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    Data from: Initial nucleation of metastable γ -Ga2O3 during sub-millisecond thermal anneals of amorphous Ga2O3
    Gann, Katie; Chang, Celesta; Chang, Ming-Chiang; Sutherland, Duncan; Connolly, Aine; Muller, David; van Dover, Robert; Thompson, Michael (2022)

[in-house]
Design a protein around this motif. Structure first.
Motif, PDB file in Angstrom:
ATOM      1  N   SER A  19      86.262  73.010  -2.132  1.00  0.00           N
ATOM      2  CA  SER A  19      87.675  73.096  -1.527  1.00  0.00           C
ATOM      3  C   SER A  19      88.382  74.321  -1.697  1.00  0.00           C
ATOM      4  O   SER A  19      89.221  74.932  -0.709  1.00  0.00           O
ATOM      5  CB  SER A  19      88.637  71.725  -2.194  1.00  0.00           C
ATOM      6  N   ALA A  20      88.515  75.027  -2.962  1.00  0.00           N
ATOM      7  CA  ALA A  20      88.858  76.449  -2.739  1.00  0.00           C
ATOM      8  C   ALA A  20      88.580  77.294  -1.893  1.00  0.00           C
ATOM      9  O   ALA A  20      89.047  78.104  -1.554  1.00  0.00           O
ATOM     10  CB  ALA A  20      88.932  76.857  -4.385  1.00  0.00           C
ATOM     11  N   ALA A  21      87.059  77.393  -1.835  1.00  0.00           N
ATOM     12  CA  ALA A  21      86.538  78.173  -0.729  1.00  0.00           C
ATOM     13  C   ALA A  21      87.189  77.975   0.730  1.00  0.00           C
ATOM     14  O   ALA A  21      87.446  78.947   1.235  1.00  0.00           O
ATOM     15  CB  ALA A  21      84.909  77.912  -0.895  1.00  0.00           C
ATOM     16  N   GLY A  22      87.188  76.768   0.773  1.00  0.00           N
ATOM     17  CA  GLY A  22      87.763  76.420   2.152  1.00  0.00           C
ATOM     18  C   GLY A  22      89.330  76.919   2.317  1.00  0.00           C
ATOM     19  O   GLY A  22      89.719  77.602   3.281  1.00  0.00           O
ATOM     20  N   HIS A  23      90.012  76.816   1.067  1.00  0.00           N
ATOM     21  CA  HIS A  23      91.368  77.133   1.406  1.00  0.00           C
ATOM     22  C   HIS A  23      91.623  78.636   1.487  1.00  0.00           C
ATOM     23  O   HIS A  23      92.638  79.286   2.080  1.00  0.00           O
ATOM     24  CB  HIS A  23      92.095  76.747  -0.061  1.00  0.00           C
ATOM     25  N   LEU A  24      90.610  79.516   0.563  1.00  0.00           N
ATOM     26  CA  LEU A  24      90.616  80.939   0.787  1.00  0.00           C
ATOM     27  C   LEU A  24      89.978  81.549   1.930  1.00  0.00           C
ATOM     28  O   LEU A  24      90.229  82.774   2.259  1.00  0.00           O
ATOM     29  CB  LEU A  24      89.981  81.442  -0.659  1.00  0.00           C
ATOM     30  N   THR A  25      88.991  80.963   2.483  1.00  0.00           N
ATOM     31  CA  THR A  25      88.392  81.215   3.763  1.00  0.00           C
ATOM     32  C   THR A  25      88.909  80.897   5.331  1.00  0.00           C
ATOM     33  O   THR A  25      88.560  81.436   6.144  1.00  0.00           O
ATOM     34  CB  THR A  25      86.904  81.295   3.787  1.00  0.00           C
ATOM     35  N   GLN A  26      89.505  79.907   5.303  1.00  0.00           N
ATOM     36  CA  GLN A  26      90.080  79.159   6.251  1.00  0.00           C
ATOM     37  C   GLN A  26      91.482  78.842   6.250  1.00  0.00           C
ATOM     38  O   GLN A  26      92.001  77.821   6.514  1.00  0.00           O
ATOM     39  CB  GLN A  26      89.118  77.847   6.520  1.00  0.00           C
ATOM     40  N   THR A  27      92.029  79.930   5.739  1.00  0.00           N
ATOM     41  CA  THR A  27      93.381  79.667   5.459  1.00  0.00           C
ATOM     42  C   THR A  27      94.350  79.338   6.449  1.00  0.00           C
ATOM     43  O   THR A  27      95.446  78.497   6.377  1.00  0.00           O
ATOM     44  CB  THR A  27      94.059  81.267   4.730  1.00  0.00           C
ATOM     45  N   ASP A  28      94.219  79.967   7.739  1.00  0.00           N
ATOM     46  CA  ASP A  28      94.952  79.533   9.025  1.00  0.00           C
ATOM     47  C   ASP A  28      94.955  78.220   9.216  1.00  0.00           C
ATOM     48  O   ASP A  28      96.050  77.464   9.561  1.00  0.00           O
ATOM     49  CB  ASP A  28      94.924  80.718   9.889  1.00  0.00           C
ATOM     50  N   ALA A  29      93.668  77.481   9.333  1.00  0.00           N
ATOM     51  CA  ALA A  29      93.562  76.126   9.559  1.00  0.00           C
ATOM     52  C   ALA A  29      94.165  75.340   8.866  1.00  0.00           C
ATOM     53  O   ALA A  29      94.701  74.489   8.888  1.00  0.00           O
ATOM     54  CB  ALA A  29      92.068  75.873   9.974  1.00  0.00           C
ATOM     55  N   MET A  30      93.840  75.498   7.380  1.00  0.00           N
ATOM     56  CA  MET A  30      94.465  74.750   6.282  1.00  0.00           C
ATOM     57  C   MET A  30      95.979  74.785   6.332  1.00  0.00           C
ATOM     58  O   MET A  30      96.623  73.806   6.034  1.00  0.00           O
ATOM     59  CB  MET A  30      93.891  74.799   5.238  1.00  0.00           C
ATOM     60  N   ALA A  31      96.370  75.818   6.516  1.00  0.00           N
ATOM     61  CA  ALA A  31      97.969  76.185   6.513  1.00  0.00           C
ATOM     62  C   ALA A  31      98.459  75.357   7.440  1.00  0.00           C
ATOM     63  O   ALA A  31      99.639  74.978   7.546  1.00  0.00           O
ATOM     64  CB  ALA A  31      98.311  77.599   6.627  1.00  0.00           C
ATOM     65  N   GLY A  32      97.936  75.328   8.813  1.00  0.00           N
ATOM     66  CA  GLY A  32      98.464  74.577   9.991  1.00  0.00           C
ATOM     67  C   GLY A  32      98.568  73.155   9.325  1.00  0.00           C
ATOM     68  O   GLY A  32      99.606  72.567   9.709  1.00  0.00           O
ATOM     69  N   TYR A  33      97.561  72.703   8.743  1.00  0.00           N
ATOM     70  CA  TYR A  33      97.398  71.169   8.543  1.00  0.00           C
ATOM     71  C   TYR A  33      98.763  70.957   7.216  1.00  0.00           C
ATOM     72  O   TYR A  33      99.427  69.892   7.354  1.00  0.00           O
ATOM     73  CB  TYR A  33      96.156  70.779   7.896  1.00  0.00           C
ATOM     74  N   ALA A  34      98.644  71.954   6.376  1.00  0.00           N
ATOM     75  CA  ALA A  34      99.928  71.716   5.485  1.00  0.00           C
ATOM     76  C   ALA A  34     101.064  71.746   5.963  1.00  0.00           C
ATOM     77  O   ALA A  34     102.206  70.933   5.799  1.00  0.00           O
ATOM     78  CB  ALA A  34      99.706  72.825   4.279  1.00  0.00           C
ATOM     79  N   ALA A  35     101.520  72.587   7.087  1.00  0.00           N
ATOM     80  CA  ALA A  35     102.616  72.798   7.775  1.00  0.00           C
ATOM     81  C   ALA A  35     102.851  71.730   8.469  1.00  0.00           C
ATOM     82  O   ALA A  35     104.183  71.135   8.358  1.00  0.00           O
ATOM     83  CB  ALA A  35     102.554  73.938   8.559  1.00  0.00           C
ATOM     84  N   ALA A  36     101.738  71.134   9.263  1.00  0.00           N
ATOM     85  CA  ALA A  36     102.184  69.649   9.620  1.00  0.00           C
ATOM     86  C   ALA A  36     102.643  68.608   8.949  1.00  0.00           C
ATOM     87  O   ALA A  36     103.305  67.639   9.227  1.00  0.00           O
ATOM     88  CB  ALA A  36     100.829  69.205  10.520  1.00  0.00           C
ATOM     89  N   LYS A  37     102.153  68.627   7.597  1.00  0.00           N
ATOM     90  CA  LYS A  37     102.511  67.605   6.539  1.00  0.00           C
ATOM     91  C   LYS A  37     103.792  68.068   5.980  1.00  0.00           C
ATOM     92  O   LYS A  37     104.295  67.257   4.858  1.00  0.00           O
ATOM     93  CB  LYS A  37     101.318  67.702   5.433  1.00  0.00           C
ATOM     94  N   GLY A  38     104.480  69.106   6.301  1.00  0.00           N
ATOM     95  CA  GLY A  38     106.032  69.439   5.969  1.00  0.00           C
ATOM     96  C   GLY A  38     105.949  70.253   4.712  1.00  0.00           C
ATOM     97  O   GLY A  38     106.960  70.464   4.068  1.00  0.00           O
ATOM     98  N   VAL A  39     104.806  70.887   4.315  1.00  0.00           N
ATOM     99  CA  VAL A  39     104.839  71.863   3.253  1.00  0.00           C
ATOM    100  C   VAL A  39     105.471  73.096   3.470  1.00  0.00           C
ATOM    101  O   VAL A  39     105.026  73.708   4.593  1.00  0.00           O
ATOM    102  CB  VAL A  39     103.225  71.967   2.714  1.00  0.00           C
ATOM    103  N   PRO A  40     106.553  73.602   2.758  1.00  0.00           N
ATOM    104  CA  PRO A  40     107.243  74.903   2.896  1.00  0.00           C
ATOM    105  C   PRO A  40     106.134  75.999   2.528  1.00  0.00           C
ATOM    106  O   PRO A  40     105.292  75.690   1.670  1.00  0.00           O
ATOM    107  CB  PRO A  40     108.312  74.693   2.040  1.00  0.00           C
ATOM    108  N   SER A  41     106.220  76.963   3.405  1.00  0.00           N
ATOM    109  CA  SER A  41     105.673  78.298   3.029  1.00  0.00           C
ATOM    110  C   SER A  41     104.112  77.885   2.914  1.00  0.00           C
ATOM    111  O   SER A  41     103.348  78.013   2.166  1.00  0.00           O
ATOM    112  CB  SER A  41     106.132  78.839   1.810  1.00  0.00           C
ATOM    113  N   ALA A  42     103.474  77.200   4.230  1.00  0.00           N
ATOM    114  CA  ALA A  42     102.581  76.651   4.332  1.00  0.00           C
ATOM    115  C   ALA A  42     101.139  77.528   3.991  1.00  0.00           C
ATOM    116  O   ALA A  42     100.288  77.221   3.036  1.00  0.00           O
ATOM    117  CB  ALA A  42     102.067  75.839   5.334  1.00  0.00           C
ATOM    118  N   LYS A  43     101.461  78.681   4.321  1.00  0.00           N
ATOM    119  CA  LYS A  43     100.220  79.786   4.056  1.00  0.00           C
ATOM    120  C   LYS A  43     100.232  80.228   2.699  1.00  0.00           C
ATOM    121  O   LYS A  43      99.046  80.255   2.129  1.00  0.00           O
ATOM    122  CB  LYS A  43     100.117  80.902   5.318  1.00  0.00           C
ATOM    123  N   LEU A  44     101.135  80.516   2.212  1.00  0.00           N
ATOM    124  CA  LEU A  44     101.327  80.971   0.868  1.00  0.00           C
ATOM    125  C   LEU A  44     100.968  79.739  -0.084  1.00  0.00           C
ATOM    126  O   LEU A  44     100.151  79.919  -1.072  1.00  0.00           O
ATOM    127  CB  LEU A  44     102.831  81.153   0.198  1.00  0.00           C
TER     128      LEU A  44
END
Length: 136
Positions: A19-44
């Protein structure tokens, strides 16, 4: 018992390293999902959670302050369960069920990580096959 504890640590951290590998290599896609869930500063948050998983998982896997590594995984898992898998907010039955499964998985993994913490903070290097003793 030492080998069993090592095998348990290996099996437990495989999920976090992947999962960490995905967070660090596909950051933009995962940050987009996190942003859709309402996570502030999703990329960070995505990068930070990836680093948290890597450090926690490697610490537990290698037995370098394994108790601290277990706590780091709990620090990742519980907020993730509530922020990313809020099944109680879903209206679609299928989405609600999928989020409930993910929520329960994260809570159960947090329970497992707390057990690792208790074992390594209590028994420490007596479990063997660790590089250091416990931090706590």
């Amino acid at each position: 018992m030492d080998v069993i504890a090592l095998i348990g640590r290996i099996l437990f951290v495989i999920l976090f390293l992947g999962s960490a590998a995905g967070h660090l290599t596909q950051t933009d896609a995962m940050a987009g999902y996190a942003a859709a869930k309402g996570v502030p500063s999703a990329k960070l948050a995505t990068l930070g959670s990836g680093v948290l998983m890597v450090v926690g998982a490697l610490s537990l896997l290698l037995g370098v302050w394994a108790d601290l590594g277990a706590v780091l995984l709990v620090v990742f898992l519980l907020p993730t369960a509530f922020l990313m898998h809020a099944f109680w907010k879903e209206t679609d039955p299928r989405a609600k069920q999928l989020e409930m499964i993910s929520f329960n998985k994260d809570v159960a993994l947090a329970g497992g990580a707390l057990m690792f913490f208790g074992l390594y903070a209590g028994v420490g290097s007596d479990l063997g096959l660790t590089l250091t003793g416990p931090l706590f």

These files contain the data supporting all of the results in Katie Gann, et. al, Initial nucleation of metastable γ -Ga2O3 during sub-millisecond thermal anneals of amorphous Ga2O3. In this work, we found: Beta-phase gallium oxide (β-Ga2O¬3) is a promising semiconductor for high frequency, high temperature, and high voltage applications. In addition to the β-phase, numerous other polymorphs also exist and understanding the competition between phases is critical to control practical devices. The phase formation sequence of Ga2O3, starting from amorphous thin films, was determined using lateral-gradient laser spike annealing at peak temperatures of 500-1400 °C on 400 μs to 10 ms timescales, with transformations characterized by optical microscopy, X-ray diffraction, and transmission electron microscopy (TEM). The resulting phase processing map showed the γ-phase, a defect-spinel structure, first nucleating under all annealing times for temperatures from 650-800 °C. Cross-sectional TEM at the onset of γ-phase formation showed nucleation near the film center with no evidence of heterogeneous nucleation at the interfaces. For temperatures above 850 °C, the thermodynamically stable β-phase was observed. For anneals of 1-4 ms, and for all anneals below 1200 °C, small randomly oriented grains were observed. Large grains were observed for anneals below 1 ms and above 1200 °C, with textured films resulting from anneals above 4 ms and 1200 °C. The formation of the γ-phase prior to β-phase, coupled with the observed grain structure, suggests that the γ-phase is kinetically preferred during thermal annealing of amorphous films, with β-phase formation subsequently forming by nucleation at higher temperatures. The low surface energy of the γ-phase implied by these results suggests an explanation for the widely observed γ-phase inclusions in β-phase Ga2O3 films grown by a variety of synthesis methods.